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The Farmer's Alchemist

Inventure Renewables expects to convert $40-a-ton farm refuse into $600-per-ton biofuel. Global agribusiness has bet millions the alchemy is marketable.

Inventure Renewables founder Rusty Sutterlin in the lab that produced the company’s patented Mixed Super Critical Fluid process, which can convert more than 90 percent of raw cellulose into glucose in five minutes.

Inventure Renewables founder Rusty Sutterlin in the lab that produced the company’s patented Mixed Super Critical Fluid process, which can convert more than 90 percent of raw cellulose into glucose in five minutes.

There’s oil in them there … corn cobs?

A Tuscaloosa-based company certainly thinks so. Inventure Renewables has created a process to take basic waste biomass, such as agriculture residue and wood chips, and convert it into biofuel to produce ethanol.

This patented process, which the company calls Mixed Super Critical Fluid (MSCF) technology, can be used for the production of fuel, plastics and other products, according to company founder Rusty Sutterlin.

“There is a lot of waste out there that is just being burned or not having any value being added to it,” says Sutterlin, a native of Birmingham who has a Ph.D. in chemistry from the University of Missouri. “We can use simple chemistries to turn that waste into higher-value products.”

Sutterlin began working on this process in 2008, when he rented out 60 square feet of space at the University of Alabama’s technology incubator. With the help of a Small Business Innovation Research grant and money from investors, Sutterlin’s company quickly grew.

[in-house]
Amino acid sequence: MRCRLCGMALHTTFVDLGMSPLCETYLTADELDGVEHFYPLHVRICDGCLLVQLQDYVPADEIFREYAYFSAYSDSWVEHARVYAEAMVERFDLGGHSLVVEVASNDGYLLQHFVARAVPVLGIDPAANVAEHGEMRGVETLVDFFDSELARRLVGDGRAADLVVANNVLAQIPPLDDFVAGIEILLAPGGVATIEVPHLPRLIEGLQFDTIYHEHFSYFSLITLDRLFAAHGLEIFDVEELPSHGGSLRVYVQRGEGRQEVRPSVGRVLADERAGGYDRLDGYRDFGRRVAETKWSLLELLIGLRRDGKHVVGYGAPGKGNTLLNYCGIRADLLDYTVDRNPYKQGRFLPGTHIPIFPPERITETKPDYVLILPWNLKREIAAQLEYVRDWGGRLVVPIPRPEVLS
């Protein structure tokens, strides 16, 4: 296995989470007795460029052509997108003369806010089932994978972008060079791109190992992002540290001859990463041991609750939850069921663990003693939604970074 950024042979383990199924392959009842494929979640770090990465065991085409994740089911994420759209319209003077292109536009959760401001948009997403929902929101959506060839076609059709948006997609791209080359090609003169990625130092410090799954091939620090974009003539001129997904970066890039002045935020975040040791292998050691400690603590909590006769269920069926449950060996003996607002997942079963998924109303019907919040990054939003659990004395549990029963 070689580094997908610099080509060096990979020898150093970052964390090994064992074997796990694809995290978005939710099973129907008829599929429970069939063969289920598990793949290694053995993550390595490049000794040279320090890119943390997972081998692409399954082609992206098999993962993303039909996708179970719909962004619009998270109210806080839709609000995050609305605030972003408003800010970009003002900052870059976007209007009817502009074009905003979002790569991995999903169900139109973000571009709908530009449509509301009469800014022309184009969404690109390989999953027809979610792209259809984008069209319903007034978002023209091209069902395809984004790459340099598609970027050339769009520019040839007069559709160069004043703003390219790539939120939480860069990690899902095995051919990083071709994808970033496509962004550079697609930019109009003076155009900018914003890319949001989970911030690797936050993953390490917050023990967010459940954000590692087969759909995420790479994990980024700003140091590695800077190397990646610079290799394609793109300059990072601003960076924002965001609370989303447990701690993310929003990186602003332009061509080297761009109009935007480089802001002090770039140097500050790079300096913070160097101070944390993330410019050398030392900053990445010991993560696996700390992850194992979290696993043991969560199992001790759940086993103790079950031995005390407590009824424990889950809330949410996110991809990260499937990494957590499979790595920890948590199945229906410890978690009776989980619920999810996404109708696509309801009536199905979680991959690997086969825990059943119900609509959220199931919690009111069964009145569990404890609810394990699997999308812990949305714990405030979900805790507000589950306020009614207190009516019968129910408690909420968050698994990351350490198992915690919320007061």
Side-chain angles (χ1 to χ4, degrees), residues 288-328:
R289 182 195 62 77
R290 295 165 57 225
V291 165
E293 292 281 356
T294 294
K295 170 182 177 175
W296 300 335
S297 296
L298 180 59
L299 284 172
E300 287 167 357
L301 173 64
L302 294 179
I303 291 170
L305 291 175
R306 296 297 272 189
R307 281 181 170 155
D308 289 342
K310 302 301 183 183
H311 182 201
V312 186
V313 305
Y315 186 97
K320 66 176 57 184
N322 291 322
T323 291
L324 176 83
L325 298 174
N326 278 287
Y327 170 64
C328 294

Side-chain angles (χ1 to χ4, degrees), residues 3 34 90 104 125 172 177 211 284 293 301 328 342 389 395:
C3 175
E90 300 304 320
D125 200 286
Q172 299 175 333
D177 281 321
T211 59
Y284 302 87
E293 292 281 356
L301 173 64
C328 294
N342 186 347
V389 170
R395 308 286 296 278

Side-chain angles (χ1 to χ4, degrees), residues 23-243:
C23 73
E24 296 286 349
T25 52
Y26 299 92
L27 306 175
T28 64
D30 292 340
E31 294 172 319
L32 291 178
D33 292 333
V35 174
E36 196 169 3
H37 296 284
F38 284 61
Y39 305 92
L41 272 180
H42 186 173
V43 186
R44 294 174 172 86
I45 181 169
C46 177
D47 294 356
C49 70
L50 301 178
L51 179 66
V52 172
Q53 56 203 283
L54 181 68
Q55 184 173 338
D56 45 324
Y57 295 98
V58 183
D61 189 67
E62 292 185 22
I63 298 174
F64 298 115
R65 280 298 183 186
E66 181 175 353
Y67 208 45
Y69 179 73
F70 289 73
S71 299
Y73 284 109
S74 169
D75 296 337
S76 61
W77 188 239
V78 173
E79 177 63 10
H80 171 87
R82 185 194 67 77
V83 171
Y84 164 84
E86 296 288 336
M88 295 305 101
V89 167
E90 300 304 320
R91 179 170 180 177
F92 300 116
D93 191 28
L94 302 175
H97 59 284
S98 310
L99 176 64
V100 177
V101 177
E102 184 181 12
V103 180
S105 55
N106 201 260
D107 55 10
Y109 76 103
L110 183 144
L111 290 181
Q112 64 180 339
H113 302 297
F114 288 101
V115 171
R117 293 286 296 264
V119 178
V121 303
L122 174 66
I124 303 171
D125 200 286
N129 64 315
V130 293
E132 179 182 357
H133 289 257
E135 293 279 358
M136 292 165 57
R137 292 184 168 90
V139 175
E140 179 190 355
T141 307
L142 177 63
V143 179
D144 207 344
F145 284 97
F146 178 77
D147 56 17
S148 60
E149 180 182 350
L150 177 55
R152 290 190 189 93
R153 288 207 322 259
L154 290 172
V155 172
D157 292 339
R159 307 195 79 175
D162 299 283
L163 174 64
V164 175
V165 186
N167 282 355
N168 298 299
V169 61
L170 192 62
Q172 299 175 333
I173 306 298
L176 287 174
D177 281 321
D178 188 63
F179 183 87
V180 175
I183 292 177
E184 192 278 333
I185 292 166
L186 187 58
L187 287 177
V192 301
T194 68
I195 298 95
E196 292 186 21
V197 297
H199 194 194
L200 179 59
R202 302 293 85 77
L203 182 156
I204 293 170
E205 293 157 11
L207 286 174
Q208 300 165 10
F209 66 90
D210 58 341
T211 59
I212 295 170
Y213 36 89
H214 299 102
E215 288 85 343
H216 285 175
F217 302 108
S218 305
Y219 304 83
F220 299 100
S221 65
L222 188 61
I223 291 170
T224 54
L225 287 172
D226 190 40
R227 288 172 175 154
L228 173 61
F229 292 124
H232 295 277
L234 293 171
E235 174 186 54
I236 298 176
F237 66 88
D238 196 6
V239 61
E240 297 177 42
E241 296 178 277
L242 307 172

In 2013, Inventure Renewables left the incubator — becoming the first graduate of the facility — and moved into a 35,000-square-foot building. The company now has approximately $15 million in capital and 25 employees.

“We hire recent graduates from the University of Alabama who specialize in chemistry and chemical engineering,” Sutterlin says. “So we keep those scientists here in the state and help prevent a brain drain.”

Inventure’s MSCF technology breaks down cellulose polymers into glucose and other fermentable polysaccharides. More than 90 percent of the raw cellulose can be converted into glucose in a process that takes less than five minutes. The sugary syrups derived from the organic by-products can be used instead of corn syrup in the making of ethanol.

The company is working on employing a variety of products in this process, including corn stalks and corn cobs, soybean husks, sugar cane, rice straw, grass and pond algae. Sutterlin says it is possible that the ample supply of kudzu spread throughout the South also could eventually be utilized.

Sutterlin says these low-value residues are worth as little as $40 a ton raw but can be valued at as much as $600 per ton when transformed into biofuel. Last year, the company began working on two commercial nutritional ingredient facilities that can each produce 30 tons of biofuel per day.

“In the agricultural industry, if you can use all of the crop — the stalk, the husk — then you can increase your value,” Sutterlin says. “So we’re trying to bring more value to the farmers and others involved in the agricultural business.”

Among Inventure’s earliest investors is Wilmar International, a Singapore-based company that is one of the largest agribusiness companies in Asia. Wilmar has provided Inventure with more than $12 million in financing over the past three years.

Sutterlin says his long-term goal is to create a series of conversion facilities in Alabama and beyond, making this region a hub of biofuel production.

“I want to develop these technologies into commercial plants and then have centralized processing facilities throughout the state,” Sutterlin says. “After that, we can start creating a central core throughout the Southeast. Because there is a lot of biomass waste in the Southeast.

“This is an area we can really step into. I want to create a central core of knowledge and people and other companies who will flock to the region and create more jobs and more industry.”

Cary Estes is a freelance writer for Business Alabama. He lives in Birmingham.

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